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Lynda Mainwaring, Paul Comper, Michael Hutchison and Doug Richards

Knowledge and awareness of sport concussion has been forwarded by research modeled on the neuropsychological testing paradigm associated with Barth’s “sport as laboratory” assessment model. The purpose of this paper is to elucidate lessons learned from that research. Key considerations for planning and implementing large-scale studies of concussion in sport while making adequate provision for the clinical needs of concussed athletes are reviewed. Toward that end, logistical, methodological, and ethical considerations are discussed within the context of research conducted in a university setting. Topics addressed include culture of sport and risk; research planning and design; communication with strategic partners; defining injury; choosing a test battery; data management, outcomes, and analyses; dissemination of results; and finally, clinical and ethical implications that may arise during the research enterprise. The paper concludes with a summary of the main lessons learned and directions for future research.

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Christine M. Salinas and Frank M. Webbe

This paper aims to familiarize readers with the contemporary scientific literature available on sports concussion as it relates to populations divergent from adult males who play football and hockey. Herein, we focus on important issues such as age, gender, culture, language, sport type, and premorbid conditions (such as learning disabilities [LD] and attention deficit/hyperactive disorder [ADHD]) that can influence concussion incidence, severity, and recovery.

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Ruben J. Echemendia

Sports-related concussions are ubiquitous in contact and collision sports at all levels of play and across a broad age range. Once thought to be a nuisance injury, it is now recognized that these brain injuries may lead to chronic neurocognitive impairment if not managed properly. This paper provides a broad overview of the research and clinical data that have emerged in this rapidly growing area. Included in the review are discussions of injury definition, pathophysiology, signs and symptoms, epidemiology, potential long-term consequences, assessment, and psychological factors. Issues of prevention and education are discussed in light of further increasing awareness of this injury.

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Michael McCrea and Matthew R. Powell

This article reviews the essential components of a practical, evidenced-based approach to the management of sport-related concussion in an ambulatory care setting. The model presented is based on the core philosophy that concussion assessment and management be approached from the biopsychosocial perspective, which recognizes the medical/physiological, psychological, and sociological factors that influence recovery and outcome following concussion. Based on the biopsychosocial paradigm, we outline a care delivery model that emphasizes an interdisciplinary approach in which the clinical neuropsychologist is a key participant. We discuss the importance of nonmedical, psychoeducational interventions introduced during the acute phase to facilitate recovery after sport-related concussion. Finally, using the local experience of our “Concussion Clinic” as a backdrop, we offer two separate case studies that demonstrate the value of this model in evaluating and managing athletes after sport-related concussion. The overall objective of this paper is to provide an adaptable template that neuropsychologists and other healthcare providers can use to improve the overall care of athletes with sport-related concussion and civilians with mild traumatic brain injury.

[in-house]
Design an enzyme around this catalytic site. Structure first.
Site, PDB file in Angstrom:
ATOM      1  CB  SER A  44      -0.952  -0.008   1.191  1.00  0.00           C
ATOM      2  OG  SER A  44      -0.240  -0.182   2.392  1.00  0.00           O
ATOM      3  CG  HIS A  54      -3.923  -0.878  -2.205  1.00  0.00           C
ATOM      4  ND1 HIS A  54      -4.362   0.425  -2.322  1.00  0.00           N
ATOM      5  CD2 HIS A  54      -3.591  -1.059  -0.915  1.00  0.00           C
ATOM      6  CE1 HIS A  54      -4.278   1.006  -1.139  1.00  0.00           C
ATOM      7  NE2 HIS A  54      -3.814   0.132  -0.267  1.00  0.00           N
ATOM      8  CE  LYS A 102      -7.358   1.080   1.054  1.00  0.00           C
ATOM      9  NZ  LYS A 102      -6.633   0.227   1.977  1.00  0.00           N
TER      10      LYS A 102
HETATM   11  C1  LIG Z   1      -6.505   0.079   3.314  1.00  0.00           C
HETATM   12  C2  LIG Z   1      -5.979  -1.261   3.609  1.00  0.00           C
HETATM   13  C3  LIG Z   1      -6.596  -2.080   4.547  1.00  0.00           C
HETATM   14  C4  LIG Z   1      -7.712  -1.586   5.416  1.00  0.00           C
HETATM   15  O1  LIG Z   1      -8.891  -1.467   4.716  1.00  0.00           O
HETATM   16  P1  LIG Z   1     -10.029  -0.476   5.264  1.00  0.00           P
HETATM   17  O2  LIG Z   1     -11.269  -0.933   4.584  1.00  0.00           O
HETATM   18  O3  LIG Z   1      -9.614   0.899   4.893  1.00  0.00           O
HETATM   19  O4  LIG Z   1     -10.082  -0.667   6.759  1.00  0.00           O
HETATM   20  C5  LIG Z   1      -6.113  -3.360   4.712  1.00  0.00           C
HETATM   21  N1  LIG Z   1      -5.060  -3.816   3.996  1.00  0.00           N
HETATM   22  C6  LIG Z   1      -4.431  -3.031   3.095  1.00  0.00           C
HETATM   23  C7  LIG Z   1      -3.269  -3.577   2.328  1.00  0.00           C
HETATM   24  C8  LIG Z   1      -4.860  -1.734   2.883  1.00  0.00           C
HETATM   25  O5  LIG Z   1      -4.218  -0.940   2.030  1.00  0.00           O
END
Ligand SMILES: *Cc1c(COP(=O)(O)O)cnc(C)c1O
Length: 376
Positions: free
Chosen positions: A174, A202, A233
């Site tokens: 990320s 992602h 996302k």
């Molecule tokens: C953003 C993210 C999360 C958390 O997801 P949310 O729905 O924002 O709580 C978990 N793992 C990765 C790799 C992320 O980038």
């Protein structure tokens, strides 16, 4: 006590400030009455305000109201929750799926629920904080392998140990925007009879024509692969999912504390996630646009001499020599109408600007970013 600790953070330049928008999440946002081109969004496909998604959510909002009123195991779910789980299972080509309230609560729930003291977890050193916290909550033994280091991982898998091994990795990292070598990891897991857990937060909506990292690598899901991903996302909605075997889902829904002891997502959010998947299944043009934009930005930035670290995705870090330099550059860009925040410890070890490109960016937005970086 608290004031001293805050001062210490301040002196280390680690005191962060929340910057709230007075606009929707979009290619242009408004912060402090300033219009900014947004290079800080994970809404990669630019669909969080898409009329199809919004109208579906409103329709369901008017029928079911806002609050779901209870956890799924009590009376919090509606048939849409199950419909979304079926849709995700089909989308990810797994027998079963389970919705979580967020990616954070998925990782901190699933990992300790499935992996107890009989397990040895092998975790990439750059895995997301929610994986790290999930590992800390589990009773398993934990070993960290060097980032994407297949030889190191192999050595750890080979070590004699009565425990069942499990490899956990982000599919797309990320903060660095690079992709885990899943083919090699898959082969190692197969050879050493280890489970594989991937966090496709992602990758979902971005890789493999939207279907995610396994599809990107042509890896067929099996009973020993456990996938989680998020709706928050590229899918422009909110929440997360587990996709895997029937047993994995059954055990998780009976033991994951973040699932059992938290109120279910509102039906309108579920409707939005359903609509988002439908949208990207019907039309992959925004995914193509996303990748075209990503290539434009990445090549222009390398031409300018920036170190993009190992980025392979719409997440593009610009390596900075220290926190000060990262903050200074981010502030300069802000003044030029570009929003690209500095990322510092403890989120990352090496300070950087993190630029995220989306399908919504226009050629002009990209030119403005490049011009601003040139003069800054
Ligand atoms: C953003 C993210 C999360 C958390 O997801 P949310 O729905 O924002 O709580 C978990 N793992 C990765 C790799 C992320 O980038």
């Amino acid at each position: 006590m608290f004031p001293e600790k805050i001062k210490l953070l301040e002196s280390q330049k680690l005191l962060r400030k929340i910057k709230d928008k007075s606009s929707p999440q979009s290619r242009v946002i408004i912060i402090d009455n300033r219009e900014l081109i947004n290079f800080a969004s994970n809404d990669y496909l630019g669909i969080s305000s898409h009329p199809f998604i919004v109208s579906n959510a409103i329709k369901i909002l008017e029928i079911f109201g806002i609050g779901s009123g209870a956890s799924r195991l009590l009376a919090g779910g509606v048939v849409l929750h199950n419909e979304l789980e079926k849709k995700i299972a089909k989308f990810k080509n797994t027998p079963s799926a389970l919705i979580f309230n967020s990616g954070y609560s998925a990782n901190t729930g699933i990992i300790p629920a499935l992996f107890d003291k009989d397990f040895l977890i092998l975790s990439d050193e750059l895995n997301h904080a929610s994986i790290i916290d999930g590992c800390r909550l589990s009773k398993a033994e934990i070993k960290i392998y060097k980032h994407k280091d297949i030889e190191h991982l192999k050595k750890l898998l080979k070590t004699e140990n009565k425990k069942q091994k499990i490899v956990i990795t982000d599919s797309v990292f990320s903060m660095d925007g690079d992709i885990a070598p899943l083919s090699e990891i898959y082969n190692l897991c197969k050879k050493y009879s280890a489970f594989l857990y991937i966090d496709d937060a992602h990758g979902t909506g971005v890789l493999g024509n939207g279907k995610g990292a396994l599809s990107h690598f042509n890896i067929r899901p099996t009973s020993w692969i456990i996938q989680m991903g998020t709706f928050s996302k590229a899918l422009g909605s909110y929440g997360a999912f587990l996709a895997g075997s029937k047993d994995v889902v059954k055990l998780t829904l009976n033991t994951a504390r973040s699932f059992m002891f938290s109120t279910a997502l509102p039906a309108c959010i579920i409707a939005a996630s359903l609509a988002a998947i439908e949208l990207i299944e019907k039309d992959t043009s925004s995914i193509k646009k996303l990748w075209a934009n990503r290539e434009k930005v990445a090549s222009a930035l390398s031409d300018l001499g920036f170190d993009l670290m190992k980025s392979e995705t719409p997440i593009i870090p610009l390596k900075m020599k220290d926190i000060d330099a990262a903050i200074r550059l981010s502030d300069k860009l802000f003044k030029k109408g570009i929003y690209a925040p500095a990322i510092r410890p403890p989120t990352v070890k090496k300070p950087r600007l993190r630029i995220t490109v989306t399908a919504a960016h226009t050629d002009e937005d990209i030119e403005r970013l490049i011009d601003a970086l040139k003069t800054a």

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Lynda Mainwaring, Michael Hutchison, Paul Camper and Doug Richards

Depression, fatigue, irritability, confusion, and general mood disturbance are frequently reported after cerebral concussion in sport. Recent trends in research point to the importance of examining postconcussive emotional disturbances more thoroughly, empirically, and clinically. An overview of the complexity of human emotion and its study is provided herein, followed by a review of emotional correlates identified in the existing sparse literature. The significance and clinical implications of identifying emotional correlates of concussion in sport and athletics are discussed.

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Lynda Mainwaring and Max Trenerry

This current special issue of the Journal of Clinical Sport Psychology was conceived and developed to provide a resource for clinicians who have contact with athletes who are at risk for or have sustained a concussion during sport participation. The special issue is part of an exciting two-issue series. This first installment contains papers from leaders in the field of sport concussion who review the frequency and mechanisms of concussion, models for managing concussion, the emotional aspects of concussion in sport, practical examples from a model sport concussion clinic, and the importance of sport concussion education and prevention. As Guest Editors, we hope that this timely and unique special series will be used by clinicians who help care for athletes and their families who have experienced concussion in their sport life.